git config --global "${YOUR_NAME}"

git config --global "${YOUR_EMAIL}"

These two commands will suffice to set your identity straight across all repositories. If you wish to keep separate identities for different repositories simply omit the --global option.

Old commits' authorship will not change! Figuring out how to do that is left as a google exercise for the reader.

Pulling and pushing

If you followed along so far and understood how the mechanics of git work, pushing and pulling are nothing new. Remember: we only created a local repository. Now we want to make this repository available to the public (or our team members). To do so we need to create a remote repository that can be accessed by anywhere in the world. The leading service for creating public git repositories is, hands down, GitHub. Go and create an account. I can wait.

Now create a new repository and fill in the required information (keep it simple, it's just for testing). I can wait.

Great! Now that your remote repository is ready it's time to fill it with what we have locally. The first thing we need to do is set a remote repository for the local one. GitHub will likely give you two options once the repository is ready: create a new local repository or push an existing repository. To proceed with the second choice we'll be given two commands:

git remote add origin ${URL_TO_GITHUB_REPOSITORY}

git push origin master (assuming you are working on master)

A repository can have multiple remote repositories but origin is reserved as the default. The URL to a GitHub repository can follow two schemas:${USER}/${REPOSITORY_NAME} and${USER}/${REPOSITORY_NAME}. The most important difference is that the first one allows to push using SSH and, therefore, authenticate using your key pairs while the second one requires you to type in your password every time. The choice is up to you, if you don't know what "authenticate using your key pairs" means it won't make a big difference so just proceed with the default, whatever it is.

And now the grand finale: push means to submit all of the commits on the specified branch to the remote repository. pull means to retrieve all of the commits from the specified branch in the remote repository. That's it. If you treat a remote branch as "yet another branch" push and pull are just merges! You are either merging from the local branch to the remote one or viceversa. Let's visualize this:

master        A -- B

origin/master (empty)

When we do push origin master it becomes:

master        A -- B

origin/master A -- B

Now imagine somebody else pushes two more commits to origin/master (C and D):

master        A -- B

origin/master A -- B -- C -- D

To sync your local repository you'll have to:

git pull origin master

And the result will be:

master        A -- B -- C -- D

origin/master A -- B -- C -- D

All the rules we saw still apply (yes, including conflicts!).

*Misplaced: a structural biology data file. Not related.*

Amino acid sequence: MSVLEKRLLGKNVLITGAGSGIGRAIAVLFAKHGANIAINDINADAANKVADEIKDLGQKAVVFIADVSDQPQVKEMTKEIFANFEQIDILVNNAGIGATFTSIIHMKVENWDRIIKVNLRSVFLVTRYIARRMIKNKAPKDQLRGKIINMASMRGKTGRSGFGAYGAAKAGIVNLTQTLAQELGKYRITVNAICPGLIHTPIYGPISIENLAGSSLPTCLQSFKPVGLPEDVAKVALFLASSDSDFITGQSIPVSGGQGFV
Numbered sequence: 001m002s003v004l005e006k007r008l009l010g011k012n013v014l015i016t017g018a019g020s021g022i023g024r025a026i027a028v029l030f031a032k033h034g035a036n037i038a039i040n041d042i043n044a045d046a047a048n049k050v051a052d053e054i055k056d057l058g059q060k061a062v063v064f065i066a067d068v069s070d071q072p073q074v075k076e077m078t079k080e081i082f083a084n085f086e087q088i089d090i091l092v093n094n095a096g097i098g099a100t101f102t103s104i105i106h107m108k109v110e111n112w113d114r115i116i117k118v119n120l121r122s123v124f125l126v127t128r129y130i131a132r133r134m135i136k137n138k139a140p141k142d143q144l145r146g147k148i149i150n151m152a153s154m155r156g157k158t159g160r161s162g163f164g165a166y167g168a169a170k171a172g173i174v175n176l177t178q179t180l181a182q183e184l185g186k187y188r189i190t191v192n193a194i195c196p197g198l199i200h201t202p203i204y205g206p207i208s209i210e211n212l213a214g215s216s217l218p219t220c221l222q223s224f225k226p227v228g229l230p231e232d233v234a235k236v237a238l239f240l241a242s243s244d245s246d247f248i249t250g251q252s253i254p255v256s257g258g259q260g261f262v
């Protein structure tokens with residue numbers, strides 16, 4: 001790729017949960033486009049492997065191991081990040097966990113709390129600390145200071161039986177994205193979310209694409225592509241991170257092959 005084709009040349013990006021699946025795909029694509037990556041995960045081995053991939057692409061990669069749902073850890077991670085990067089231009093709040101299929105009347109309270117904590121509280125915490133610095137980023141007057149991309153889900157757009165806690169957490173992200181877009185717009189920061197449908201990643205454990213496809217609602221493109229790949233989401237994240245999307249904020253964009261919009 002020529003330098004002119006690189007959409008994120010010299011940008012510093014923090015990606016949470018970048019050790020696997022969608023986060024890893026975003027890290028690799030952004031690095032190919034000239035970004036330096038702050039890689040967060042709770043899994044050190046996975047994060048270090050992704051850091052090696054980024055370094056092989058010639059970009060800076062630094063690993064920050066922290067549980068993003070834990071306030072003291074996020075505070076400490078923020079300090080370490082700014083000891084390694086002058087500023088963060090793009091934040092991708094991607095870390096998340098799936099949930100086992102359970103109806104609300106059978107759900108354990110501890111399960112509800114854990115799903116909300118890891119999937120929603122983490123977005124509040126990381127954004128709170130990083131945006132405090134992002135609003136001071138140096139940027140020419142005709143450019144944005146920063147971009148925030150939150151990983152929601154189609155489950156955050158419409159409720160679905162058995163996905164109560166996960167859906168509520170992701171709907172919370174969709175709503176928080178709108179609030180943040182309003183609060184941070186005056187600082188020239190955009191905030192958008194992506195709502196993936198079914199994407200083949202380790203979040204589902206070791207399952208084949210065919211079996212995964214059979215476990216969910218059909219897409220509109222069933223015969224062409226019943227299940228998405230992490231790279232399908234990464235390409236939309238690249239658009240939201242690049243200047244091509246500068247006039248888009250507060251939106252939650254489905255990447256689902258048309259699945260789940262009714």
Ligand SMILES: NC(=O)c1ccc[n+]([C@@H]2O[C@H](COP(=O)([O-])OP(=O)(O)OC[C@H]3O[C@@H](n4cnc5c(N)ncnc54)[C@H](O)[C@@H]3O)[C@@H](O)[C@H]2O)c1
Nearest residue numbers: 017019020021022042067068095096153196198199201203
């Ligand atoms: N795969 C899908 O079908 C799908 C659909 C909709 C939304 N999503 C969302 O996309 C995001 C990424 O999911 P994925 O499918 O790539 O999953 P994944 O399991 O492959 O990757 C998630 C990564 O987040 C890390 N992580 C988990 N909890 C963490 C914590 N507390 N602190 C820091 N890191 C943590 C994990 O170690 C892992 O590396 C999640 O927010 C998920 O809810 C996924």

Always remember: git works in terms of commits, not files! Now get out there and start convincing your friends to use git!

Frequently Answered Complaints (F.A.C.)

  • I hate copy/pasting the commit's ID every time. Is there a shortcut?

    • Yes. Remember HEAD is pointing to the latest commit of the current branch? Well, HEAD~1 will point to the previous commit, HEAD~2 to the one above and so on. Using ~ will always select the first parent in case of multiple commits at the same level. You can use ^ to explicitly select a parent. More info are in this awesome Stack Overflow thread.
  • I want to reset to a previous commit without touching the files.

    • git reset --soft ${COMMIT_ID} . --soft is the default so it can be omitted.
  • I made a mess, haven't committed my changes yet and want to rollback to the last working state.

    • git reset --hard . The --hard flag makes sure to restore the tracked files to their last commit's state. Untracked files will not be touched. So if you run git status you will still see them untracked and what you do with them only depends on your purpose.
  • I want to hard reset to a specific commit.

    • git reset --hard ${COMMIT_ID}. The default for COMMIT_ID is HEAD, the current commit (if you are not in detached mode), hence the tip above.
  • I want to clean all the untracked files.

    • git clean -n (-n is for a dry-run) will tell you which untracked files would be removed. git clean -f will actually remove them.
  • I want to reset a single file to its previous state.

    • git checkout -- ${PATH_TO_FILE}. It's like git reset --hard but on a single file. DO NOT try git reset --hard ${PATH_TO_FILE}. In the best case you'll get an error along the lines of fatal: Cannot do hard reset with paths., in the worst you'll throw away any uncommitted change.
  • I want to retrieve a specific file from a specific branch.

    • Similarly to the above: git checkout ${BRANCH} -- ${PATH_TO_FILE}.


I hope you now appreciate the importance of using a VCS, regardless of the size of your project or the number of people in the team. Dropping that DropBox premium subscription and moving all of your projects to a hosted VCS is your first step towards a happier life (and a sustainable career as a software developer).

(Special thanks goes to XKCD for being an awesome webcomic.)